Published in The Express Tribune – photo by Diego Ibarra Sanchez/NYT
He urges austerity while wearing the most violent floral patterns. He breaks character – his zen, side-parting, heavy-breathing character – to sing Rishi Kapoor songs. He gives away free mangoes, at other times free babies. Aunties swear the light of heaven has touched his face, even as he swears something filthy at the studio help. His television show turns the holy month into a high-glitz free-for-all, and in spite of it (or because of it) is the most watched in the country. He’s a scholar without schooling, a doctor without a degree, part priest and part prima donna. He’s a star they could only make in Pakistan, and we’re all much poorer for it.
To paraphrase John Lowy, Aamir Liaquat’s truth is too strange for credible fiction, and yet it all somehow fell into place for Pakistan’s first true televangelist. For a brief moment in the mid-2000s, his stars aligned: the MQM was running Karachi, General Musharraf was shaking his fists at passersby, and a loosed media was exploding all over the place. As golden boy of all three, Mr. Liaquat took ‘enlightened moderation’, those weasel words everyone was repeating back then, and turned it into Aalim Online. He never looked back. We could never look away.
And there lies the problem. Musharraf is gone, and his liberal Moslem shtick is gone with him – window dressing for neocon lizards abroad, and dewdrops for an arid stretch of military rule at home. Yet Mr. Liaquat remains; his Ramazan viewership is massive and growing. A fraction may watch his show to write snarky op-eds afterwards; the majority runs the risk of taking him seriously. This lends Mr. Liaquat a giant megaphone into society, with ideas that range from dangerous to highly dangerous. This also makes him a cash cow – the fattest one this quarter – one that network executives are finding hard to sacrifice purely for ethics’ sake.
Like most gentlemen with white collars, the studio bosses have tried whistling away the doctor’s grimy early days, when our airwaves were filled with primetime hate for minorities. Part of this is down to Mr. Liaquat’s skill at reinventing himself. The other part is media spin; a fresh narrative where Aamir Liaquat helps us achieve another, more worldly nirvana: Soft Pakistan. In a warm and fuzzy profile by the New York Times, one TV exec argued that it would take an Aamir Liaquat to lead society away from the extremist abyss, admitting ‘we need people like him to ease us down the mountain.’ Earning his keep, Mr. Liaquat played his adorable self, returning from New York with something he called ‘his Manhattan sauce.’ A character arc so convincing, it almost makes us forget so much money’s at stake.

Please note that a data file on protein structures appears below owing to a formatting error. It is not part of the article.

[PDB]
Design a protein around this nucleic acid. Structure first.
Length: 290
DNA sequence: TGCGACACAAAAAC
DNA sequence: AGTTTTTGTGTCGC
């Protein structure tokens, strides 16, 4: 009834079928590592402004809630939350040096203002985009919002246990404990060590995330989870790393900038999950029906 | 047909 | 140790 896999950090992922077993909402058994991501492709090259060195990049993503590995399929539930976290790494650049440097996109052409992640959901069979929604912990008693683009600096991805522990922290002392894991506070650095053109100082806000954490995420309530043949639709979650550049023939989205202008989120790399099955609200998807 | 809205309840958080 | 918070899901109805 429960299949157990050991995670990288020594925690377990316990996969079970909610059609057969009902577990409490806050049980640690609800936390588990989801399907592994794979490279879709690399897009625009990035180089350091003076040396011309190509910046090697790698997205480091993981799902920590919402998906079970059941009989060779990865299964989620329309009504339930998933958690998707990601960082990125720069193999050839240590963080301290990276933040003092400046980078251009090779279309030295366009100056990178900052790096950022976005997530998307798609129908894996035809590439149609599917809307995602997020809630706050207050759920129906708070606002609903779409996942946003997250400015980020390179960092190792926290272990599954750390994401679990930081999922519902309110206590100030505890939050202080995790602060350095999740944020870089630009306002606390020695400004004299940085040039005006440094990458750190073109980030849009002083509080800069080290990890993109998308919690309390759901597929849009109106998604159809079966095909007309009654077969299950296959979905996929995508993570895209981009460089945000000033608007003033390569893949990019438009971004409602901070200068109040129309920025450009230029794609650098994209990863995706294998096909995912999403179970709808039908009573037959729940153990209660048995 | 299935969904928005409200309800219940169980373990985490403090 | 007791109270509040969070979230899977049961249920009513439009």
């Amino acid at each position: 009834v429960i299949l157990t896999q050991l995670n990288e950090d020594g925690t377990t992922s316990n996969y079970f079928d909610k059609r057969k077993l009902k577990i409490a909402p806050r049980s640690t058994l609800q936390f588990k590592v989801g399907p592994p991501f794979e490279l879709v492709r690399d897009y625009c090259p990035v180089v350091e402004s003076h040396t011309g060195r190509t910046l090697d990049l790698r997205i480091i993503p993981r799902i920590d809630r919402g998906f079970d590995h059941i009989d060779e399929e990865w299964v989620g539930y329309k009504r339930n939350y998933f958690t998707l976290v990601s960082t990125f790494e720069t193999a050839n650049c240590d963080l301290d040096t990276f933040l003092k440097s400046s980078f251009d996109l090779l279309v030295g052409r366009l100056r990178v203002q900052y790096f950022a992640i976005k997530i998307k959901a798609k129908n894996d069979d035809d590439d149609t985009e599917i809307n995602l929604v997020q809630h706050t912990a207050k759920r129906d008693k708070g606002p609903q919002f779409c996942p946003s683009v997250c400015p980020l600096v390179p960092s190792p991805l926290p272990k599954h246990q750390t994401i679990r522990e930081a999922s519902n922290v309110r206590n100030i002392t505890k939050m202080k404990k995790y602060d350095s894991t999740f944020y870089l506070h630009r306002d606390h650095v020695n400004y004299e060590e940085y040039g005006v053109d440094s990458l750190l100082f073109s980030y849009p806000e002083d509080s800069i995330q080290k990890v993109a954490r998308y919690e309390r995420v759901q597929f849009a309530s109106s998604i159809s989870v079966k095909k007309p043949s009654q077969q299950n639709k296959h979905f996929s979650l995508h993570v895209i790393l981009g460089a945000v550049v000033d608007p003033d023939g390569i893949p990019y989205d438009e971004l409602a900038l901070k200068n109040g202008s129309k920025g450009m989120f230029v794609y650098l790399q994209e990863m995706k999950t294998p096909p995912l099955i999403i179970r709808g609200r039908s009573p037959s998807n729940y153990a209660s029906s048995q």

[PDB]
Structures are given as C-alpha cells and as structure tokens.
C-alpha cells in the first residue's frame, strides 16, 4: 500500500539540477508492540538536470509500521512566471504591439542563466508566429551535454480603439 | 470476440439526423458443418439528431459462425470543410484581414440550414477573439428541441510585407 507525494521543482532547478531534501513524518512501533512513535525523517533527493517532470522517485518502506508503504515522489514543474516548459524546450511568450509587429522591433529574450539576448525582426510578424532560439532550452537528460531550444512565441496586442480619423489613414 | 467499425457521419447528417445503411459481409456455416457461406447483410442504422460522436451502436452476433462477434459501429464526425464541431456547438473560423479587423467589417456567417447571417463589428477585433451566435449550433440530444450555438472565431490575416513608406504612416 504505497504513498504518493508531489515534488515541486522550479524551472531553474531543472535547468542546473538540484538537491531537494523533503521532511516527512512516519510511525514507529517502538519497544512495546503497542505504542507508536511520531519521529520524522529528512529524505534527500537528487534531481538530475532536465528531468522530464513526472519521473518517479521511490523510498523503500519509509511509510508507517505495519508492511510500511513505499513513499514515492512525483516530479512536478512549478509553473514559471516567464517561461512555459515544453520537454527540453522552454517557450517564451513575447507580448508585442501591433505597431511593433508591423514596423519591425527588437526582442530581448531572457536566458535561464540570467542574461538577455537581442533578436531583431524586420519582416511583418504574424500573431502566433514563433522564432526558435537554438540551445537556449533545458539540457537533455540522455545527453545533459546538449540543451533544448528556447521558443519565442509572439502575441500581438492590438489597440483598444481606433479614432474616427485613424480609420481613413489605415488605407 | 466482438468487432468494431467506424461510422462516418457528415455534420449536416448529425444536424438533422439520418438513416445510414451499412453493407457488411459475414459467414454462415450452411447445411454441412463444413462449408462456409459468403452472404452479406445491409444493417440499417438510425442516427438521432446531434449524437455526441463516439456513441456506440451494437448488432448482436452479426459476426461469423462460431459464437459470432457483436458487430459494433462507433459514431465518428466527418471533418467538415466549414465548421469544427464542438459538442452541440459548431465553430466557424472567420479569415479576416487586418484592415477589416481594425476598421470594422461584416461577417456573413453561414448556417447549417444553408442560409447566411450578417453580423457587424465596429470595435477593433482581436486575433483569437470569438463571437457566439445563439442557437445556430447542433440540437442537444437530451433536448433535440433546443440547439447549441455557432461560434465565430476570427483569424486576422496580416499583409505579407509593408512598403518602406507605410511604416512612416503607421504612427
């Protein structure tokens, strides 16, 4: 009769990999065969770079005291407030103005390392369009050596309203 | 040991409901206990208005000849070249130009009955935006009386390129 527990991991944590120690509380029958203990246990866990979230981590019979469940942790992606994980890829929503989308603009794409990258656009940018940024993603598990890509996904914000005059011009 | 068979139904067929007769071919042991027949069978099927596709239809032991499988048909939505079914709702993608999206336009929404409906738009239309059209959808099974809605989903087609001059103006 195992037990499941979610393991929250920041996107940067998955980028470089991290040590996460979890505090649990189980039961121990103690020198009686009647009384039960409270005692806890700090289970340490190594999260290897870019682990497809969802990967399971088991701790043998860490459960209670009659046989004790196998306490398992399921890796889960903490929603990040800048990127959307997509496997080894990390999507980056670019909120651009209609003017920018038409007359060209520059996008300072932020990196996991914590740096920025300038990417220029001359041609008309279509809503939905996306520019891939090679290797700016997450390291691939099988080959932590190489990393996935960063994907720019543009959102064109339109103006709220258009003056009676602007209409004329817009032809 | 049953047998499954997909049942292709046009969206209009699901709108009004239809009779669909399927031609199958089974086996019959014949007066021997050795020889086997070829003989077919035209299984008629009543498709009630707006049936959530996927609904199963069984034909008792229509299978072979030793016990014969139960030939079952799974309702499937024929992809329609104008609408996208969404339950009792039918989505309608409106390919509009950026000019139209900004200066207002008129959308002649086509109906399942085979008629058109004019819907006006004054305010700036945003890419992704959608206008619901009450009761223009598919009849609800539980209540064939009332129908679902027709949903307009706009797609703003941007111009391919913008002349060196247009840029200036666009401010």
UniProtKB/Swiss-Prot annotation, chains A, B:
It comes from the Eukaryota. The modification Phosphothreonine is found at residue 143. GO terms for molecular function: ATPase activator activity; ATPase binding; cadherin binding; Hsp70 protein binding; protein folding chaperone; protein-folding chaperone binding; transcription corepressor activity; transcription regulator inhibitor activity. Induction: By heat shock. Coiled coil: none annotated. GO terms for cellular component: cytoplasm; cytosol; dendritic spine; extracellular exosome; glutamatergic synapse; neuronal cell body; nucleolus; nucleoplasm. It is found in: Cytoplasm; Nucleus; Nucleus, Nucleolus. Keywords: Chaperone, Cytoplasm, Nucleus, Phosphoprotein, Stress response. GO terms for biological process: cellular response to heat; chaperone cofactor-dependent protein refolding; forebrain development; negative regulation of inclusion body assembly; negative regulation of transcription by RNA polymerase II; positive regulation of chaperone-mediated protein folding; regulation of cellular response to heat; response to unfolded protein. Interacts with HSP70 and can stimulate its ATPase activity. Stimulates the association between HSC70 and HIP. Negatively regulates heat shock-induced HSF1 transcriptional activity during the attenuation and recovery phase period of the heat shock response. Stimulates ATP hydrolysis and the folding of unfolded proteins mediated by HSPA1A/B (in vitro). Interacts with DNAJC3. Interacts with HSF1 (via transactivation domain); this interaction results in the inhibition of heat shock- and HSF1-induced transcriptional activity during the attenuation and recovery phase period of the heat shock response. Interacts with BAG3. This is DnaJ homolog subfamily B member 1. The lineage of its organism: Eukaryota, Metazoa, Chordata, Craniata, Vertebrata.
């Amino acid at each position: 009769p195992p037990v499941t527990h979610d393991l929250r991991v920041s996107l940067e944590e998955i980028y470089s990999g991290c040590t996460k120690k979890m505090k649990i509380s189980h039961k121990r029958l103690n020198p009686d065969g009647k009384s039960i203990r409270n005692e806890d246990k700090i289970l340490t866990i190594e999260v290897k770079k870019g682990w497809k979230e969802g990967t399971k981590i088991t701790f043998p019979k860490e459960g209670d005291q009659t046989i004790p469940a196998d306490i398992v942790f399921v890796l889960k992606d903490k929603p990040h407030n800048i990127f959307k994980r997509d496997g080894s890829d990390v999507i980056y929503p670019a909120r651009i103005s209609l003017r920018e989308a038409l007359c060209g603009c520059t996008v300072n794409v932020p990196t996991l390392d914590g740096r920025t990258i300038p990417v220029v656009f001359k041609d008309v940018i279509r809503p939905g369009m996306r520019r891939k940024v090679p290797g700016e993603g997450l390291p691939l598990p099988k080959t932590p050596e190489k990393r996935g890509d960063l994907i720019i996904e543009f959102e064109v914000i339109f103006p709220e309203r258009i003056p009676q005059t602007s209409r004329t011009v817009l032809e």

But even shorn of his past, Aamir Liaquat 2.0 remains as unhealthy for society as the original. His show needs to be pulled, or at the very least overhauled. Since only network chiefs can exercise the first option, chances are low. If high ratings can justify giving away human babies – amid motorbikes and clothes irons – studio heads certainly aren’t taking their viewers’ sensibilities into account. Overhaul would require Mr. Liaquat to change, preferably back to the gentleman that pushed for a fatwa against suicide bombing some years ago. But even in that incarnation, Mr. Liaquat was neither enlightened nor moderate. He changes according to climate.
It’s left to the viewers to set that climate for him. There are growing signs of disgust: at the gaudiness of the show, at his vicious rants against critics, in giving away orphan children on national television. The longest-running casualty is Ramazan: besides fasting, the holy month is a time we lower our voices and open our minds. It’s meant for restraint and reflection, a spiritual experience that tells us there’s a higher calling. But Mr. Liaquat’s every intention, it seems, is to upend that higher calling and drive us ever further into life’s rat race – flinging home appliances at kids and abusing adult participants over whom he has nauseating levels of power. Mr. Liaquat has smothered the spirit of Ramazan in Firdaus lawn. And for a society already more materialistic than measured, it’s the wrong message to be receiving.
More recently, it was Mr. Liaquat’s treatment of singer Taher Shah that revolted people to anger. It was a rare moment of clarity: for someone who claimed that his degrees were real, that his outtakes were fake, that the cricket team lost because their shoe soles were coloured the green of Islam, there was finally nothing left to lie about. The essence of Aamir Liaquat was in sharp relief. Like a toe-curling inversion of Britney Spears, Mr. Liaquat whirled around Mr. Shah with a snake slung across his shoulders. He was physical and cruel. Mr. Shah, meanwhile, showed us the kind of humility befitting a Ramazan special.
If Mr. Liaquat’s target audience still requires dissuading, it’s hard to skip over the outtakes released during one fateful Ramazan sehri-time. In one of the clips, in a question alluding to rape, a caller asks if religion would permit a woman to take her own life beforehand. Steadying himself, Mr. Liaquat’s guest mufti begins, ‘Jee, bohat naazuk surat-i-haal hai,’ before Mr. Liaquat starts snorting, then giggling, then finally losing his breath. The mufti is laughed into silence, laughter that seems to be coming from the depths of Mr. Liaquat’s soul. By now, convulsing with laughter, Mr. Liaquat manages to wheeze, ‘Bohat naazuk surat-i-haal hai?’
It’s all there; the schoolboy sadism, the screwball sense of humour. The authentic Aamir Liaquat, same as the old Aamir Liaquat. It’s not too hard to imagine a similar reaction whenever his ratings come in. We could do our part and change the channel.